A foreign journalist arrives on a small Pacific island 200 miles off the coast of South America. Once a leper colony, the island was later transformed into a prison and then, under U.N. mandate, made into an independent republic. Yet despite democratic structures, the inhabitants–who speak a strange dialect composed of Spanish and English–still obey the old prison rules. After sending back detailed accounts of the torture and repression seen everywhere, the journalist realizes that she”s fallen into the trap created for her by the islanders: lacking natural resources, the island”s main export is news. The clearest anticipation of Ruiz”s later European work, The Penal Colony is a powerful document of the tensions and contradictions in Chile in the months before Allende”s electoral victory.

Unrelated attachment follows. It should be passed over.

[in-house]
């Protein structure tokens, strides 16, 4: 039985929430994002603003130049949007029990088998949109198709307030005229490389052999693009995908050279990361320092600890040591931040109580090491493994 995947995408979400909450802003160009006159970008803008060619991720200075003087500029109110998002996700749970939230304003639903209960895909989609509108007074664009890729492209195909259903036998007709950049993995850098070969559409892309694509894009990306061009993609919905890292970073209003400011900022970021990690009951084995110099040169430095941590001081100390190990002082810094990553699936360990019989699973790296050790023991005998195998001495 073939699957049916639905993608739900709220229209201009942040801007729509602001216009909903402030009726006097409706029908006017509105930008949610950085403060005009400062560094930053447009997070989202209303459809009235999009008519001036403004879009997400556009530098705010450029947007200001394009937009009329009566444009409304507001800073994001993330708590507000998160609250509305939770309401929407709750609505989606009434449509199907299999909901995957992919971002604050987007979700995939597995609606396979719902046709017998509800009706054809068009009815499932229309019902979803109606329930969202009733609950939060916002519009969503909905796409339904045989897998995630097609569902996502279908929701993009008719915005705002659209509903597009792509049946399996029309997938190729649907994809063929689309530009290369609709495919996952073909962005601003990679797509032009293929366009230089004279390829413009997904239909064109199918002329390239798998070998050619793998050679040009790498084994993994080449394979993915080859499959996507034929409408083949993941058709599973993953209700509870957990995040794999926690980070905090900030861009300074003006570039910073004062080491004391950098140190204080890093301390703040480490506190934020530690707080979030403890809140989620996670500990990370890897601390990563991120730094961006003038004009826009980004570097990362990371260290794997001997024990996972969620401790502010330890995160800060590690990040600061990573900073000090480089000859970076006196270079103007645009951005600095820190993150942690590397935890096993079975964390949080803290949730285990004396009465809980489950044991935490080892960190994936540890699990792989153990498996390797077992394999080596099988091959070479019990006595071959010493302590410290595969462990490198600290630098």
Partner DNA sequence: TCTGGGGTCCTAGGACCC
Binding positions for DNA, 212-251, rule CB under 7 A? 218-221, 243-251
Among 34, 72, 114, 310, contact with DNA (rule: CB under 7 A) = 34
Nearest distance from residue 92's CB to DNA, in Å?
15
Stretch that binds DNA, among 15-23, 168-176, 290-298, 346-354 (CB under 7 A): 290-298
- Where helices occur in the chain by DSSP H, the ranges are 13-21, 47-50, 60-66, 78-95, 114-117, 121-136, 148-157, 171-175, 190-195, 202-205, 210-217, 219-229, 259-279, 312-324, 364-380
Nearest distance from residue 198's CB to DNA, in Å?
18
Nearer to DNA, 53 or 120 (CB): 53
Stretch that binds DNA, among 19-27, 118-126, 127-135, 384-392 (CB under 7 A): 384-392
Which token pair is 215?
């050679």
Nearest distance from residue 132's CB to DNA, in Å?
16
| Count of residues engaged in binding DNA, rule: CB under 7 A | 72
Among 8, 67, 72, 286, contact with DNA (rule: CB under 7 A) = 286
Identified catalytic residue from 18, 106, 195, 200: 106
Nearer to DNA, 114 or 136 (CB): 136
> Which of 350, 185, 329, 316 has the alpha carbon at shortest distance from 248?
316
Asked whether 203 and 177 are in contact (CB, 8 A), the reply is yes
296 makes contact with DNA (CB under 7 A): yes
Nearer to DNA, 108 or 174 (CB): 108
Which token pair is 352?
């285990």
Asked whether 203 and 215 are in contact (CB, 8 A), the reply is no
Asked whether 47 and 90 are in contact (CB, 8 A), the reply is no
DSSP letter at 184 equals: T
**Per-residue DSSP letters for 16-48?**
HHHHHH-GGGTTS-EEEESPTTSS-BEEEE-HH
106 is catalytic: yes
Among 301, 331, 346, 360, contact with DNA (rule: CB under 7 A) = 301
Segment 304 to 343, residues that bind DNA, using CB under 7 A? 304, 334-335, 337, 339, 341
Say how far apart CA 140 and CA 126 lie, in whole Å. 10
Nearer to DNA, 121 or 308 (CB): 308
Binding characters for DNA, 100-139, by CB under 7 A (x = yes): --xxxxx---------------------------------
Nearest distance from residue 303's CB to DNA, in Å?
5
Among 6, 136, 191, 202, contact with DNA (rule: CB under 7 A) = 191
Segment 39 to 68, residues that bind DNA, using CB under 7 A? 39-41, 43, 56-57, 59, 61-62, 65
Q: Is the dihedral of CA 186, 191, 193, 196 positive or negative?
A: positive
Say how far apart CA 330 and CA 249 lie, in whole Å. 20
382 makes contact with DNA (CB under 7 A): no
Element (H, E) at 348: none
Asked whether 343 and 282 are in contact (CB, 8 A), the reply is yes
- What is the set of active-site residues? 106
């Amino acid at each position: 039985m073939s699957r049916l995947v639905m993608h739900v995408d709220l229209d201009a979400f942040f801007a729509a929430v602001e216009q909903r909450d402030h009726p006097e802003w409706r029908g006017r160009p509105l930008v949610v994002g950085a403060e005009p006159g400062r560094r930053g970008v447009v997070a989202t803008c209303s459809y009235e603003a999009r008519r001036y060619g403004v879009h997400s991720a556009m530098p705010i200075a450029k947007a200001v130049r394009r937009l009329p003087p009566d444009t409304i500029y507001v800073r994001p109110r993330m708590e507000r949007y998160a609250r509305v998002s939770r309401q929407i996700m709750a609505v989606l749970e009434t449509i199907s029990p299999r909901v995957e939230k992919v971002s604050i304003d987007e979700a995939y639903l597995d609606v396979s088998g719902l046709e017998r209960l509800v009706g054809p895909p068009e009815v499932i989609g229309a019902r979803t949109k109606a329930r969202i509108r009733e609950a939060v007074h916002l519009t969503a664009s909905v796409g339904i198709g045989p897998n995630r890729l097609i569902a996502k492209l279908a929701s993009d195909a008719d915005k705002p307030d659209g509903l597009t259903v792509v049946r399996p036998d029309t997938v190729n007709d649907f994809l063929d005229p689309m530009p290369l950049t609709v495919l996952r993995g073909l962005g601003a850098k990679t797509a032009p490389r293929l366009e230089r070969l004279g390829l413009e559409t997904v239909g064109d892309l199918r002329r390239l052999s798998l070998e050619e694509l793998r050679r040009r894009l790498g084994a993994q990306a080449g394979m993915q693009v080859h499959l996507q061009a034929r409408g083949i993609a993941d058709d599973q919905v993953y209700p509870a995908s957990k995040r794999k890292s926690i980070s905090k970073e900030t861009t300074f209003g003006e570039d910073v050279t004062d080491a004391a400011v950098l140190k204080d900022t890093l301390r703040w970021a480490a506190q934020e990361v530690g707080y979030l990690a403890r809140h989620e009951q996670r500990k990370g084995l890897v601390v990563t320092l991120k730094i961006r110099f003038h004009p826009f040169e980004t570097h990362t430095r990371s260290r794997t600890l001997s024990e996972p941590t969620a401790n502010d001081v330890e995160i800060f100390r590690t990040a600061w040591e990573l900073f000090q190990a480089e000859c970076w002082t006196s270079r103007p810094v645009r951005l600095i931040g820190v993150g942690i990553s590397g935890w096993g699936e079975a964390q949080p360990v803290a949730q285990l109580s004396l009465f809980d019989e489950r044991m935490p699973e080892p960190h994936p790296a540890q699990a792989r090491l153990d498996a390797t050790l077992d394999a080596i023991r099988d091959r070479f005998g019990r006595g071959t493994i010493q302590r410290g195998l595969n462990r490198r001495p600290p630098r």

A journalist arrives on the Latin American island of Captiva, where a dictatorial President rules capriciously over a society that seems to consist mainly of males in military uniform, speaking a polyglot language. We learn from a voice-over that the island was first turned into a penal colony by Ecuador in the late nineteenth century, then occupied by the United States from 1899-1920, until it achieved independence and once again became a penal colony. In 1954, the United Nations assumed responsibility for it as an experimental society and it has been independent since [sic] 1972. The President is evasive and apparently anxious about the report that the journalist will deliver. At her hotel, she is importuned by a poet, who is exposed as a pickpocket by the ever-present troops. The President’s behaviour becomes even more eccentric, and he vehemently denies that there is any torture on the island. A party of troops serenades the journalist before she is unceremoniously bundled off to the prison to witness scenes of punishment. A native woman recites a bizarre fable about a man who is bewitched, drowned and reborn in Europe as a little girl, only to have ‘her’ husband murder her daughter, at which point the whole continent sinks into the sea. The journalist challenges a soldier (who may also be a writer) about a series of improbable coincidences between disaster and atrocity stories reported first from other Latin American countries, then mysteriously repeated or exaggerated in Captiva. She finds that her baggage has been searched by the soldiers and when she protests to the President, he accuses her of having already written lies about the country. The President tries to shoot himself, but is restrained by the troops; he addresses a gathering of distinguished visitors to thank them for their support. Soon after, while broadcasting to the island by radio, he is assassinated. The journalist inspects a number of bodies in the morgue and assures a soldier that the grant requested should soon come through. In a closing voice-over, she says that her report was favourable and was accepted by a majority of press agencies.